Exactly five months ago, I suffered a massive heart attack and almost died. It happened at the beginning of a run, before I'd taken more than 20 steps, and what caused it still remains largely mysterious, a source of debate among the various cardiologists I've seen since then, the subject of a paper delivered at a convention by one of them. The facts are these: I am a 43-year-old woman, a long-time long-distance runner, a long-time vegan. I am a combination of things that constitute exactly the kind of person who never has a heart attack, who, at least ostensibly, has no risk factors whatsoever.
The kind of person who should be a poster child for all the things that one should do to avoid having a heart attack.
I had a clot. It was huge. An MRI and ultrasounds of my legs and heart revealed it to be the singular clot in my entire body. I have a paten foramen ovale, a very common birth defect that enables blood to flow between the left and right atria. It's something I discovered after the heart attack when the doctor pumped fizzy water into a vein in my arm and we watched on the ECG screen as the bubbles cross from one side to the other.
A hole in my heart.
One specialist tells me to fix it; another says not to. I know that I need a third opinion, but so far, I haven't gotten around to getting one -- and this is in large part due to the fact that I don't believe that anyone else will know anything further. I have grown to believe that none of us, no matter how well trained, knows much about what makes us work and what makes us break, particularly when things break in the wrong people at the wrong time. All is so speculative and unclear as to drive one into a complete existential mid-life crisis, which is exactly where I find myself. I'm an English professor. I study language and metaphor. The fact that I have a hole in my heart seems entirely right to me. It's the space that I've never been able to fill; it's the endless tangible ache that I feel for everything nonhuman (and human) that suffers.
The surgeon went in through the femoral artery in my right leg. I was awake the whole time, having been airlifted from the regional hospital in Western North Carolina near the university where I work, which is where I was when I had the heart attack. I begged the doctor not to make me ride in the helicopter, so terrified I am of flying; he said I wouldn't make it if I went in an ambulance. He gave me an Atavan to help ease my nerves. In the hospital in Asheville, the surgeon shaved my pubic hair; I was embarrassed because he was incredibly cute. He talked to me throughout the surgery, and a screen displayed what was happening. I had to turn my head to the left to watch the movie of the angioplasty. At one point, the doctor laughed at something I said. I have no idea what it was.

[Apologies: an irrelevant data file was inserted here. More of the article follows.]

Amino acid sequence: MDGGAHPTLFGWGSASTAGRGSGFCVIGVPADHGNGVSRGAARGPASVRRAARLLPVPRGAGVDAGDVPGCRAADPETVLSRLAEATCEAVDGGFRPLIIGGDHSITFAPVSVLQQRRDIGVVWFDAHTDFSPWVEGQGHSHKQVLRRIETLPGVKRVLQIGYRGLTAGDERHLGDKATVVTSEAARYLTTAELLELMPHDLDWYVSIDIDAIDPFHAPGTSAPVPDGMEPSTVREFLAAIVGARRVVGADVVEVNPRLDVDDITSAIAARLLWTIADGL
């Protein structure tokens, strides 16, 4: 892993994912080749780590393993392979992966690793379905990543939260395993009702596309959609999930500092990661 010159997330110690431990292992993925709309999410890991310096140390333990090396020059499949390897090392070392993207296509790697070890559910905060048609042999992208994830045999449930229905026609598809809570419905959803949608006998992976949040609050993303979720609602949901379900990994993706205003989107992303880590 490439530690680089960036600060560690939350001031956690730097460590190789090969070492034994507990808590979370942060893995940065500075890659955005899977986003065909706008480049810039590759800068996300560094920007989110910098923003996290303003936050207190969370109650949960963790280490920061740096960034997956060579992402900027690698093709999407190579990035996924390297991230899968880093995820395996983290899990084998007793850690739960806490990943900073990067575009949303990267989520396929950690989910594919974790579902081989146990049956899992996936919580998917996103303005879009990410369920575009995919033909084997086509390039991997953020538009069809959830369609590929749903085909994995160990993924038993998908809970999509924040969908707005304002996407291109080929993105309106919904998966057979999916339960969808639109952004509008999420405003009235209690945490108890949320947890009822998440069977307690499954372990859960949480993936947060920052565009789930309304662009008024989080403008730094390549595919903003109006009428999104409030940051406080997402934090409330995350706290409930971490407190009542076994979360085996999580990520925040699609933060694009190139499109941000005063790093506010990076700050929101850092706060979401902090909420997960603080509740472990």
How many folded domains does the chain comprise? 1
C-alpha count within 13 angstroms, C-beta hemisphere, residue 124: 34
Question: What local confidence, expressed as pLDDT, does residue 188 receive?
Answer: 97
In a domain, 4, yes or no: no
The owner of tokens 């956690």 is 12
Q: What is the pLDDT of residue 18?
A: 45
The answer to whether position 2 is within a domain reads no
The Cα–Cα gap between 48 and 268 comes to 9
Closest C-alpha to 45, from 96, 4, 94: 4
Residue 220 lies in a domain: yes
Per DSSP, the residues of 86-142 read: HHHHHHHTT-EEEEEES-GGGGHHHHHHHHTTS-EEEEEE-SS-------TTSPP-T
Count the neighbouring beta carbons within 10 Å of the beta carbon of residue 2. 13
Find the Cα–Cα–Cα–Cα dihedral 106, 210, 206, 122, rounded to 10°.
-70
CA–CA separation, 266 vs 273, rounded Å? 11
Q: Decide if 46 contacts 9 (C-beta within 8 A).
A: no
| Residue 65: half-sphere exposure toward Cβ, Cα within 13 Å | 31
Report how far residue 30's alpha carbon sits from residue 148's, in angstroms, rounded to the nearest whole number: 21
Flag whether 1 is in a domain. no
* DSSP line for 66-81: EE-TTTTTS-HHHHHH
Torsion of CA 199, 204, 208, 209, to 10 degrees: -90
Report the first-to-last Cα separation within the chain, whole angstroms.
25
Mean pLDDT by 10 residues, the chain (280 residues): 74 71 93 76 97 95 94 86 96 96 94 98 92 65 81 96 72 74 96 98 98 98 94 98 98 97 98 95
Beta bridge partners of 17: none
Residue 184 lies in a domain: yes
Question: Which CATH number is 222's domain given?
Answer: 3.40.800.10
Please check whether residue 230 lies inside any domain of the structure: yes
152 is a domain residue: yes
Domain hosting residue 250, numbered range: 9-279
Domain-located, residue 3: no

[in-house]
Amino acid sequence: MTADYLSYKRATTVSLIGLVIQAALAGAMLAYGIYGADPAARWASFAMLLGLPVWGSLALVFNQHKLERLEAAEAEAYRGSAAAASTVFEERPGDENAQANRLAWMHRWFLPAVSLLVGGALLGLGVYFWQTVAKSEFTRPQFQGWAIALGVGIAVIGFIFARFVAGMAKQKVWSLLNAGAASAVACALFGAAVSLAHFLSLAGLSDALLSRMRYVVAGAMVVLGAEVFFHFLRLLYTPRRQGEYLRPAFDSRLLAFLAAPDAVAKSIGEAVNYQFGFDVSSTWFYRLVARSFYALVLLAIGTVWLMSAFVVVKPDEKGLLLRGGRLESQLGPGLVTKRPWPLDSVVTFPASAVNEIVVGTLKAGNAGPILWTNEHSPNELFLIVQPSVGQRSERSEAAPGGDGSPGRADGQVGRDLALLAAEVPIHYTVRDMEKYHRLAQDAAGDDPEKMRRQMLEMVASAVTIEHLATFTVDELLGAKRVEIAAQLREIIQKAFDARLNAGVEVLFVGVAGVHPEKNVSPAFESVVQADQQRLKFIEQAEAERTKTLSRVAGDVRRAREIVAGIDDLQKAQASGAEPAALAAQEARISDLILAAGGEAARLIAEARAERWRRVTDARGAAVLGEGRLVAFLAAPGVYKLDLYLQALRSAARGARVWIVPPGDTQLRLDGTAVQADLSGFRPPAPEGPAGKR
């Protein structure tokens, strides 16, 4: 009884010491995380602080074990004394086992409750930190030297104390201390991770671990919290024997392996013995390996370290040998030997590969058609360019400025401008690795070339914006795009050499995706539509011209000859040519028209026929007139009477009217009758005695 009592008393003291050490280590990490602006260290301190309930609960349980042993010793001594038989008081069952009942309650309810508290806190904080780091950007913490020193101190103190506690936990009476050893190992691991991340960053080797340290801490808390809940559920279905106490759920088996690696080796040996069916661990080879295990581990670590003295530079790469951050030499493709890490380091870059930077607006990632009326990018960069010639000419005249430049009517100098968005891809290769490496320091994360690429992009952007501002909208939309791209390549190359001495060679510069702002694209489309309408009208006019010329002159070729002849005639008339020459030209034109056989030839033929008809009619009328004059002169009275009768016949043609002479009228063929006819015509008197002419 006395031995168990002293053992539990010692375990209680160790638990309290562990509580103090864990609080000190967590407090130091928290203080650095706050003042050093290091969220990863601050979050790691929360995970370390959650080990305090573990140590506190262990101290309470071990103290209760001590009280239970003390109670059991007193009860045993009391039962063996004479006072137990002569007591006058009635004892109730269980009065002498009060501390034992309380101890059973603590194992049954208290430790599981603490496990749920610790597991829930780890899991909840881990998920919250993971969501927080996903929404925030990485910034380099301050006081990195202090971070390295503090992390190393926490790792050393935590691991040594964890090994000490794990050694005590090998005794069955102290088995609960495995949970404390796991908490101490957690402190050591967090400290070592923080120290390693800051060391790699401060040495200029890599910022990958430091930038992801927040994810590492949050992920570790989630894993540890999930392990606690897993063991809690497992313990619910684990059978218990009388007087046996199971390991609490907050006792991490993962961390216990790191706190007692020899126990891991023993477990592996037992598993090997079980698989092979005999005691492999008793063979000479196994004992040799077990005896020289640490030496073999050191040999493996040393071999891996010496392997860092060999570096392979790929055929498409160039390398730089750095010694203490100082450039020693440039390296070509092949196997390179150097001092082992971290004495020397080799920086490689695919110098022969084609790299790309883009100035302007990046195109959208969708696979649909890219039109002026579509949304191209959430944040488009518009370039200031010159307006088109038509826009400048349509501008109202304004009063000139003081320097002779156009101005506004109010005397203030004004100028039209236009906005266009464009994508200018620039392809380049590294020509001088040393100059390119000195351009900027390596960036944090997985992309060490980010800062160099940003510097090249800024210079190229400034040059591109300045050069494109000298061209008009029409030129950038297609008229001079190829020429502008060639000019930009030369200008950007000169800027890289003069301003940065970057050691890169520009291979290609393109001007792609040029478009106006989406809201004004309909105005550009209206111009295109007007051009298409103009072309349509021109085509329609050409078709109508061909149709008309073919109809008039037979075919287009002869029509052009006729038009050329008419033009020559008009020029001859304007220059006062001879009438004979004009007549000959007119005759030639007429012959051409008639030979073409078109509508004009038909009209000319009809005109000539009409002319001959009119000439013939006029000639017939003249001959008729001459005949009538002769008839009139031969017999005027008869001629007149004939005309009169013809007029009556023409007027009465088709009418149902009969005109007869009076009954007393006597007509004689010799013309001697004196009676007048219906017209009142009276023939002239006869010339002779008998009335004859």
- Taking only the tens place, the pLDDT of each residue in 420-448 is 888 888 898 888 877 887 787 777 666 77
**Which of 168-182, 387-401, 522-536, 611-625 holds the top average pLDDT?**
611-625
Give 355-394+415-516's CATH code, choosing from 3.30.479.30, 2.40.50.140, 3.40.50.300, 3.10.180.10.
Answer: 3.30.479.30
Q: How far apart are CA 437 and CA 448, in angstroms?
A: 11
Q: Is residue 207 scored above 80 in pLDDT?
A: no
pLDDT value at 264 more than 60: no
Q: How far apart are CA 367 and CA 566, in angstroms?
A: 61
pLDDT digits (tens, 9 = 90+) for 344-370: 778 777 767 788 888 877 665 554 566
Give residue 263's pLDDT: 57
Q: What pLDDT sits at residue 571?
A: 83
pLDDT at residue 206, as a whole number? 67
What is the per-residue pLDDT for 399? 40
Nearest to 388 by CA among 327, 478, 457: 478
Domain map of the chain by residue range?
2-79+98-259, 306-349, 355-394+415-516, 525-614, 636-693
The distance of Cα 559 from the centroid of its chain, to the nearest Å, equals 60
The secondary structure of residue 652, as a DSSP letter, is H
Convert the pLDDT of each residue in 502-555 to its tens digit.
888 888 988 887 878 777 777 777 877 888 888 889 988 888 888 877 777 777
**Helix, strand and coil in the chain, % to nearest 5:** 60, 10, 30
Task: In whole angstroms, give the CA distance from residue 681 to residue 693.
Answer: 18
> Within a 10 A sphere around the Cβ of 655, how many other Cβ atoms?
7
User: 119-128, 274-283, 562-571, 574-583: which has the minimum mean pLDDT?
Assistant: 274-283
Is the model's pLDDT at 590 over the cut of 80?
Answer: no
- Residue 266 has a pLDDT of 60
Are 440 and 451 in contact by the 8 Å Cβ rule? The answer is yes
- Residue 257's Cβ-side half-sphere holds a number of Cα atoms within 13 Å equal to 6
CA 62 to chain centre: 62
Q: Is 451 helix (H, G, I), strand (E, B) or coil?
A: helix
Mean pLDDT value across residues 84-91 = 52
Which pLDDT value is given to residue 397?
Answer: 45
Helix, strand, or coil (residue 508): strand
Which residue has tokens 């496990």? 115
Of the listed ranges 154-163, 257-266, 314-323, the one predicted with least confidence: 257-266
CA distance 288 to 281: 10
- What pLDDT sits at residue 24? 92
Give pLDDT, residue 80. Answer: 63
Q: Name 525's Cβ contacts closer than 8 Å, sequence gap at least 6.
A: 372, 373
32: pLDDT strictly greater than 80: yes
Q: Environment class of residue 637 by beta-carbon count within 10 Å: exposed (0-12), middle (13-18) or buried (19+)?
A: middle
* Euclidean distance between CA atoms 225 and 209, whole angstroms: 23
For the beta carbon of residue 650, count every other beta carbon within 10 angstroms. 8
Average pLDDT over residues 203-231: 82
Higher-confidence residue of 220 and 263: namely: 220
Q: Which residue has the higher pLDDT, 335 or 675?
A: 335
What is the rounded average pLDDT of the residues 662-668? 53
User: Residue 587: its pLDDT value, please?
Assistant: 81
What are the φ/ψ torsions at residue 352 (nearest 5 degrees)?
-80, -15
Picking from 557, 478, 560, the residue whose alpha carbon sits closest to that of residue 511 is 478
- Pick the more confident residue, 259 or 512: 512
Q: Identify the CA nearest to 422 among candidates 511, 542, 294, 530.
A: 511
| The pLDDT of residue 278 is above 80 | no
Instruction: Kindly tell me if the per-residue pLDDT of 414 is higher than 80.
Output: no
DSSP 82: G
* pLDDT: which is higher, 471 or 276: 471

After, I hemorrhaged and nearly bled out through the hole in my leg. I nearly died a second time, and the next day, the people -- nurses and doctors -- who must have met me before, during, and after the surgery, came by to tell me that they couldn't believe I'd survived. This is a memory I have returned to often since October 25: that no one believed that I hadn't died, that I should have died. That my life after October 25 constitutes a complete surprise.
Over the course of my life, my body has undergone serious trauma, most (but not all) of it at my own hands. I had an eating disorder for over a decade, and I have consistently ingested into my body (often in large quantities) things that have sped up or slowed down my heart, damaged as it already was by the fact that I existed in a nearly starved state for years and years. I feel a responsibility to my heart now, but I refuse to feel at fault for what happened. I feel sad for my heart, the small animal that I've seen on the ECG screen several times since the heart attack, part of it frozen and immobile, likely forever, from the lack of blood it received between the attack and the time that the clot was dissolved. Valves opening and closing, moving like the legs of some bear cub running and running towards some unreachable embrace.
Carol Adams came to WCU a week and a half after I had the heart attack. I'd invited her, had arranged for her visit, and I showed up, my heart PVC-ing like crazy, to introduce her prior to her talk on her book The Sexual Politics of Meat. I wasn't supposed to go back to work until after Thanksgiving. After I introduced her, I thought I might have another heart attack. No one knows this. My heart attack has been a study in its own sexual politics, all the literature given to me in the hospital clearly aimed at men in mid-life or older; the first meal I was offered when I awoke the next morning was a bowl of beef broth. The disconnect between who I am, the food I eat (and don't), and the reality that beef and foods made from animals are more likely to cause heart attacks than anything I've ever done all have constituted the grim irony with which I continue to view my circumstances.
I worry that I've somehow betrayed veganism, that people will read this and think that it's because I am vegan that this happened. And maybe they'd be right.
But I doubt it.
So often, when I wake up from the nightmares that are now becoming less and less frequent, I want to hold my heart in my hands and comfort it the way I would any other abused or harmed or suffering animal. And this is the way I'll be able to make sense of what's happened to me, even if the surgeons can't, to care for the creature that keeps running towards me, wounded and vulnerable.